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Category Archives: Pedant’s Page

THE NINE PARTS OF SPEECH for those who want to parse.

This has been written in response to a request for some information on the parts of speech. As a number of my students who, at the tertiary level of study, are just starting out on their journey of discovery of the language that is their birthright, I’m making this simple.





Three little words we often see,

Determiners, like a, an and the.

A Noun’s the name of anything,

A school or garden, hoop or string.

An Adjective tells the kind of noun,

Like great, small, pretty, white or brown.

Instead of nouns the Pronouns stand –

His head, her face, my arm, your hand.

Verbs tells of something being done,

To read, write, count, sing, jump or run.

How things are done the Adverbs tell,

Like slowly, quickly, ill or well.

A Preposition stands before

a noun, as in a room, or through the door.

Conjunctions join the nouns together,

Like boy or girl, wind and weather.

The Interjection shows surprise,

Like Oh! How charming! Ah! How wise!

The whole are called “Nine Parts of Speech”,

Which reading, writing and speaking teach.

This poem is the equivalent to a 19thC teaching aid by that well-known author, Anonymous.

Is this useful? Yes and No. When parsing a sentence it’s very useful, and there, I suspect, it ends. Why? Because the function a word performs in the sentence will determine the rules that must then be applied.

What looks like a verb, sounds like a verb, even smells like a verb can be functioning within a sentence as a noun. For example, ‘swimming is good exercise’. Swimming, a verb, a participle in fact, is functioning in this sentence as a noun. (Such things are called gerunds). Or, what about ‘I had a swimming lesson today’. Swimming is now functioning as an adjective.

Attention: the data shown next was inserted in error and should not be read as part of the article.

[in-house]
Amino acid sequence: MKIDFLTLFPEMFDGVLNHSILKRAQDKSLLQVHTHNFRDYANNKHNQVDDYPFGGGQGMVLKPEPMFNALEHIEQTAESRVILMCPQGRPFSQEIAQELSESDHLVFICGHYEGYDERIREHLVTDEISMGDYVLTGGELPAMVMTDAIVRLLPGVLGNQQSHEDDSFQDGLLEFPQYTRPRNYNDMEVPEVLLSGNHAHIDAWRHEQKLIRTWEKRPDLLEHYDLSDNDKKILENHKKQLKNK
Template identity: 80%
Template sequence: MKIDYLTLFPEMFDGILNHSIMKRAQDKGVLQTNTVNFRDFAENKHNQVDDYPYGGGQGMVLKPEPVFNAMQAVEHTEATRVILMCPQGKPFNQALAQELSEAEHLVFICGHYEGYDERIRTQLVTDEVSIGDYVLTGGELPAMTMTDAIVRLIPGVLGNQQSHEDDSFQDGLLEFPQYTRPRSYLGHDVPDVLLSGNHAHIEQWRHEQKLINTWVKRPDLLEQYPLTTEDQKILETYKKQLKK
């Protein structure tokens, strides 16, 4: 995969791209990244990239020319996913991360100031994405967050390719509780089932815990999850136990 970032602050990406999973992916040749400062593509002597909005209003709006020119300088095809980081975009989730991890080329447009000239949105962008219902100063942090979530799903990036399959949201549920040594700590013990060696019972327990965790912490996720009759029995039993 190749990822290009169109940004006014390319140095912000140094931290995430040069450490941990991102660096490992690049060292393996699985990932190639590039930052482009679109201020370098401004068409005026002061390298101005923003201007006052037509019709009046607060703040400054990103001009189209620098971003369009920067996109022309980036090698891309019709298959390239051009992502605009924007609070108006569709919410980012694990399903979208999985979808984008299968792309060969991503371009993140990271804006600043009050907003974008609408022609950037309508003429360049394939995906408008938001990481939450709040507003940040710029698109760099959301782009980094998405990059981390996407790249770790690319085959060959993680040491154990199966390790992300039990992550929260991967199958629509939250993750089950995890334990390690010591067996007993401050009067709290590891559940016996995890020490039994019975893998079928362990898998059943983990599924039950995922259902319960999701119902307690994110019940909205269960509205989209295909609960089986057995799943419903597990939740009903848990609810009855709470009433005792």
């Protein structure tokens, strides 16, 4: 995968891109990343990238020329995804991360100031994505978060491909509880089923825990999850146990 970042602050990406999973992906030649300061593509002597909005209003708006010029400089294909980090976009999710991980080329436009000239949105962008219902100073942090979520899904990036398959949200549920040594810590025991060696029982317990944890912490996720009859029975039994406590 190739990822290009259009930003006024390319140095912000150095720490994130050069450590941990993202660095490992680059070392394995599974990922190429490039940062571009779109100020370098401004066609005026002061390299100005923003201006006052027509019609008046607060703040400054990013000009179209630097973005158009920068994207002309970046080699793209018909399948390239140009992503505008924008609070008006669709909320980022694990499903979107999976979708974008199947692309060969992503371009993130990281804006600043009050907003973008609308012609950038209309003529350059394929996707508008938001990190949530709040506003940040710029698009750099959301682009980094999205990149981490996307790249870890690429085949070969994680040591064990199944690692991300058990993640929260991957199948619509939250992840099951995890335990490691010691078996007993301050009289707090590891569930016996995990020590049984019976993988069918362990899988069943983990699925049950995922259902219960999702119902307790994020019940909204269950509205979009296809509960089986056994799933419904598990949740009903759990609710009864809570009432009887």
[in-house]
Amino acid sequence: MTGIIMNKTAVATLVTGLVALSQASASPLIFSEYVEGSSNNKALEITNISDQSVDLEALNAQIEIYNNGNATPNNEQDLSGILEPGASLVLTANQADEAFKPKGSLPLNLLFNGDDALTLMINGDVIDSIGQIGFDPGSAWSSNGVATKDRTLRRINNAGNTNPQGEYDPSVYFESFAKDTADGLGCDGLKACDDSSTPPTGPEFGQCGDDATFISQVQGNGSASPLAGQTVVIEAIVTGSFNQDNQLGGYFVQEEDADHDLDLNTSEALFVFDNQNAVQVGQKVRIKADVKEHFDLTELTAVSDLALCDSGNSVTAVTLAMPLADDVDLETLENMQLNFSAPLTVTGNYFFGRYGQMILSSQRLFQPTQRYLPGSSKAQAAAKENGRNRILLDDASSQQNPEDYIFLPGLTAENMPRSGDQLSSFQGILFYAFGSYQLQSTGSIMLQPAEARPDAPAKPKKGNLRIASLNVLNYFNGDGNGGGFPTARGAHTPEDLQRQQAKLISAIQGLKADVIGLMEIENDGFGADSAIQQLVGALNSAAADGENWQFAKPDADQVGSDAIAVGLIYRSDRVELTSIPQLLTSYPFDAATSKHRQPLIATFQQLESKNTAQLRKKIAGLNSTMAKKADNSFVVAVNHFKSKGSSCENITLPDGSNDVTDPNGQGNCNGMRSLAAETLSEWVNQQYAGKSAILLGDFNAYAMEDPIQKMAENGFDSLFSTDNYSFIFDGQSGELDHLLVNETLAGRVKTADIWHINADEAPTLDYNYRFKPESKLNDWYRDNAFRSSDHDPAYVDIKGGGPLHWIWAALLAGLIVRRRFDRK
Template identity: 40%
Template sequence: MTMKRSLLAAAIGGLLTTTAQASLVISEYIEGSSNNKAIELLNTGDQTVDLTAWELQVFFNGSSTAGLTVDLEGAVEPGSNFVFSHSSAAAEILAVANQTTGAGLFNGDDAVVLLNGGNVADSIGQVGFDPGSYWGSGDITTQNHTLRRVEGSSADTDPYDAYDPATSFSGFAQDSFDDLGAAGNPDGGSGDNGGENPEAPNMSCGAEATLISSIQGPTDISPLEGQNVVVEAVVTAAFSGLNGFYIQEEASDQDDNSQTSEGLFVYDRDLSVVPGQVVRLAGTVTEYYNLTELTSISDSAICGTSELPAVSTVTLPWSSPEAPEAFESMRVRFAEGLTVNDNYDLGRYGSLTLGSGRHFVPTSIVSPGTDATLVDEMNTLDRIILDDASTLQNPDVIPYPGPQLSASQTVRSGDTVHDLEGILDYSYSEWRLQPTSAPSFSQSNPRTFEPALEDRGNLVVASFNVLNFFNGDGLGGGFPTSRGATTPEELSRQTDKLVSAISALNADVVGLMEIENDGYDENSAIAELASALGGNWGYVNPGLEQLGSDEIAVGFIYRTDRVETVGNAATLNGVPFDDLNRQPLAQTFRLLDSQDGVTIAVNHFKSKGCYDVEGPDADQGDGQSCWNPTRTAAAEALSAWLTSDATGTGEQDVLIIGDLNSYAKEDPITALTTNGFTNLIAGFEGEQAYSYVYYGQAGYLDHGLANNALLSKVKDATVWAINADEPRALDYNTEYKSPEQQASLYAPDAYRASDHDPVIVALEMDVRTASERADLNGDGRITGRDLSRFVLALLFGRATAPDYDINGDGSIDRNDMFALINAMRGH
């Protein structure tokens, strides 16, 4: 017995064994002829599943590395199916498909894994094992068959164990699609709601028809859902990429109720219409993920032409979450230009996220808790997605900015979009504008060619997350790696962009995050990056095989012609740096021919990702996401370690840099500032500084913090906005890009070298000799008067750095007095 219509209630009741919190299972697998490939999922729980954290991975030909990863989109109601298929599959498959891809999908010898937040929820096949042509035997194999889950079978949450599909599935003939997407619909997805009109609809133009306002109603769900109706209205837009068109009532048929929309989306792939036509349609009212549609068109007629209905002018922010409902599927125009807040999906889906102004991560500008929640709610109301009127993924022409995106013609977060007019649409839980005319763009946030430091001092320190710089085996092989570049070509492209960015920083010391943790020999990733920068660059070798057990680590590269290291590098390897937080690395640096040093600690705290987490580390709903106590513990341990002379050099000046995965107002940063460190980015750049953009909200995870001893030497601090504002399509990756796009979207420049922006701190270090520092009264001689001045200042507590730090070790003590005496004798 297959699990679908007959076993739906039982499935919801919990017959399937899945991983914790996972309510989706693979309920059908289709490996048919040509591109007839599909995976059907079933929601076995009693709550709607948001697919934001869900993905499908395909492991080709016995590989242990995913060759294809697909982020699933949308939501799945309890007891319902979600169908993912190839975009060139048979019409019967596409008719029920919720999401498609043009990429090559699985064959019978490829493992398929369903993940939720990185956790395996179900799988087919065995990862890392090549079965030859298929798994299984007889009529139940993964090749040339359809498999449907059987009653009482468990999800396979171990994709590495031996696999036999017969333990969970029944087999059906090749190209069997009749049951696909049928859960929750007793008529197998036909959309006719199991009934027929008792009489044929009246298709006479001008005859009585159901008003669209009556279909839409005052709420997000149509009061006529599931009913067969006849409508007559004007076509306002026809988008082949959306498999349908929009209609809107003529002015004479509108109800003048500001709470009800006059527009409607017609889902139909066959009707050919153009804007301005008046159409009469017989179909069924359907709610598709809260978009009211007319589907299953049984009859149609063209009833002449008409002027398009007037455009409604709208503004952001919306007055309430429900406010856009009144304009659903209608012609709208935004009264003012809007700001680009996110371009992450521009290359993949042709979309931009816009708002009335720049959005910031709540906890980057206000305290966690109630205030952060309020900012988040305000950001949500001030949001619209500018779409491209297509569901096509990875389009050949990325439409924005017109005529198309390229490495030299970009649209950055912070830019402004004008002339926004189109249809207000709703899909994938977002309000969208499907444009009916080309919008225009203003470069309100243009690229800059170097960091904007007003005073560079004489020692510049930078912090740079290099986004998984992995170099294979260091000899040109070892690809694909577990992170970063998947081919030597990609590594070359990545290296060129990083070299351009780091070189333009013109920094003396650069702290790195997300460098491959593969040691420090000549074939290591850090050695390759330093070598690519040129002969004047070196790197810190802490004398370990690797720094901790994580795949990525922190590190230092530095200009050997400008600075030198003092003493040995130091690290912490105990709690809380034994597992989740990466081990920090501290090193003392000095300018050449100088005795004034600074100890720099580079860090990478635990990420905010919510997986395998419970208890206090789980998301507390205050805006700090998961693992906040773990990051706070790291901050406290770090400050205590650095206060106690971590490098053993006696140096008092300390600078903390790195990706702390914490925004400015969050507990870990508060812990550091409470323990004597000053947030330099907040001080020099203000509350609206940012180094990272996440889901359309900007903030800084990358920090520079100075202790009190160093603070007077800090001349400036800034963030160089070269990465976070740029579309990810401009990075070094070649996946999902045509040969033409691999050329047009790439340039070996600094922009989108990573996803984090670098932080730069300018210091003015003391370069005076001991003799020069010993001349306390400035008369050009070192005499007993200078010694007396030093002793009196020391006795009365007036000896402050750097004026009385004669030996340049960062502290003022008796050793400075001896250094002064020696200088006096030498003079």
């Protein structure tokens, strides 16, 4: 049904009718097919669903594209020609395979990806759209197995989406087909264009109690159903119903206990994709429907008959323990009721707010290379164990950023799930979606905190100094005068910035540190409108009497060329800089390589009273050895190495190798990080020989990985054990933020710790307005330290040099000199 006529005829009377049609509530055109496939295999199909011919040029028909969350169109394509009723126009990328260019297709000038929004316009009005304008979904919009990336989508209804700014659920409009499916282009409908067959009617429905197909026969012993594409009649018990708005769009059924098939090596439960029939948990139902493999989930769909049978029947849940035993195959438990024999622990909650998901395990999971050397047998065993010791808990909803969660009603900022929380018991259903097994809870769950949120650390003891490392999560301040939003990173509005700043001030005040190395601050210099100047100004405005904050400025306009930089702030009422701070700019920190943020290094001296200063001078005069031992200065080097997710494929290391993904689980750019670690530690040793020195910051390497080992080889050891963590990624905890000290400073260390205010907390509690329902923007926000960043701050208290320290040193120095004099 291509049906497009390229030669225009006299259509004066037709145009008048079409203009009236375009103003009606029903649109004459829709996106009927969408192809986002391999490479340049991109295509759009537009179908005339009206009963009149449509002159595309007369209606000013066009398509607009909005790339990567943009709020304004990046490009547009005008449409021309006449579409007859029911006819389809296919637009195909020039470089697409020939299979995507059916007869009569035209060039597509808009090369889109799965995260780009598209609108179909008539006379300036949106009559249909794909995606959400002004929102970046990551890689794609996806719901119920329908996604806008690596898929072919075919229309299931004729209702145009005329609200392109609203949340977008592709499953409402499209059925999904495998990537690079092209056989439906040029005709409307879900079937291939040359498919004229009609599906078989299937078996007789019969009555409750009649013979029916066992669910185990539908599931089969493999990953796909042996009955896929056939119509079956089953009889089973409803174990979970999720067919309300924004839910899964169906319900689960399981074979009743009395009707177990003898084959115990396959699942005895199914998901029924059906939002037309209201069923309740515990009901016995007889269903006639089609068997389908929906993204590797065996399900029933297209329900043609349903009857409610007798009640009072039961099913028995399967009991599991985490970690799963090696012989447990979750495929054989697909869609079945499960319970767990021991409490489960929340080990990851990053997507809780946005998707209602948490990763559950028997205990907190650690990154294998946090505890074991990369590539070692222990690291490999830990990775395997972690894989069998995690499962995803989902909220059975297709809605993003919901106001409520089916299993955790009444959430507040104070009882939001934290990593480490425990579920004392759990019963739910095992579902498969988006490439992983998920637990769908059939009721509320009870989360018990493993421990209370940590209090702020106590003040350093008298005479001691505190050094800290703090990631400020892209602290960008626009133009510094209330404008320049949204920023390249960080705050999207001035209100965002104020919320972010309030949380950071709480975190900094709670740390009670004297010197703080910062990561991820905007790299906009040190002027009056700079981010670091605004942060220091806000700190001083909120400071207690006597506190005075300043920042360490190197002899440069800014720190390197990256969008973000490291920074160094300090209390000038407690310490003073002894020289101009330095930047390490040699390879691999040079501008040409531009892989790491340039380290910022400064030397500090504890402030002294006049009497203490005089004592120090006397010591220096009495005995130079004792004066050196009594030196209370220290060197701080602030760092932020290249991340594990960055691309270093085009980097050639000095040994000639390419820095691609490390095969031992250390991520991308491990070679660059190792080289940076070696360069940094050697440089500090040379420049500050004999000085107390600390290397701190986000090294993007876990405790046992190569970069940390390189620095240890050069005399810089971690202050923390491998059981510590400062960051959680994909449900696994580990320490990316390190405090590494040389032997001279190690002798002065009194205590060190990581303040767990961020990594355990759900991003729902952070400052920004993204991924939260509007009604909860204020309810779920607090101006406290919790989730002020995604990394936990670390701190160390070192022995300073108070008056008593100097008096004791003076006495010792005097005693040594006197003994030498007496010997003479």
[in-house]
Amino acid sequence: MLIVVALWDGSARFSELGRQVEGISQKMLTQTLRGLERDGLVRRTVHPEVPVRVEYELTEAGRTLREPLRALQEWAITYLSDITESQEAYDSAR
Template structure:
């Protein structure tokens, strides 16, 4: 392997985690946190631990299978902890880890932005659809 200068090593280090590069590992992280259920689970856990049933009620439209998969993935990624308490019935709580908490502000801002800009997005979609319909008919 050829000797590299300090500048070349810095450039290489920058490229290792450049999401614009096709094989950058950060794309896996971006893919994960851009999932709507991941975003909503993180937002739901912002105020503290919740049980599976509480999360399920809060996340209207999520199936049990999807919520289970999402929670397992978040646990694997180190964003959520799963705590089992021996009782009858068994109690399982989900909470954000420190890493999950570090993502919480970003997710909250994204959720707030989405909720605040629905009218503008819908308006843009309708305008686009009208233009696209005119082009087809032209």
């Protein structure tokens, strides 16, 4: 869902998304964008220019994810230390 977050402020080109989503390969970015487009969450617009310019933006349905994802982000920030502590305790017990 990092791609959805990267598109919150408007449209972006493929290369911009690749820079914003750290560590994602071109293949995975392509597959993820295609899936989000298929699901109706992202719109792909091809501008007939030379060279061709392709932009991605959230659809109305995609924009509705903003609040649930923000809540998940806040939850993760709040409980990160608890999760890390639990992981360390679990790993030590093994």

With the differing function, mood, or whatever, the rules can change, and you need to know the rules before you go ahead and shatter them to smithereens. This is the ultimate goal; to know the rules so they can be broken without muddying the communication waters.

In the English language if it walks like a duck, quacks like a duck, smells a l’orange – it just might turn out to be a goose!

For the record, determiners are now known as articles. ‘A’ and ‘an’ are indefinite articles, and ‘the’ is a definite article.

The ‘interjection’ is deemed to have no grammatical function what so ever! What they do, however, is important to the creative process.  For example;

            ‘Oh! Look at that.’

            ‘Wow! Look at that.’

            ‘Shit! Look at that.’

            ‘Oh Fuck! Look at that.’

The interjections that start each of these sentences give a clear idea of the emotional state of the speaker. From a grammatical perspective they may have no function, from the creative, you can’t live without them.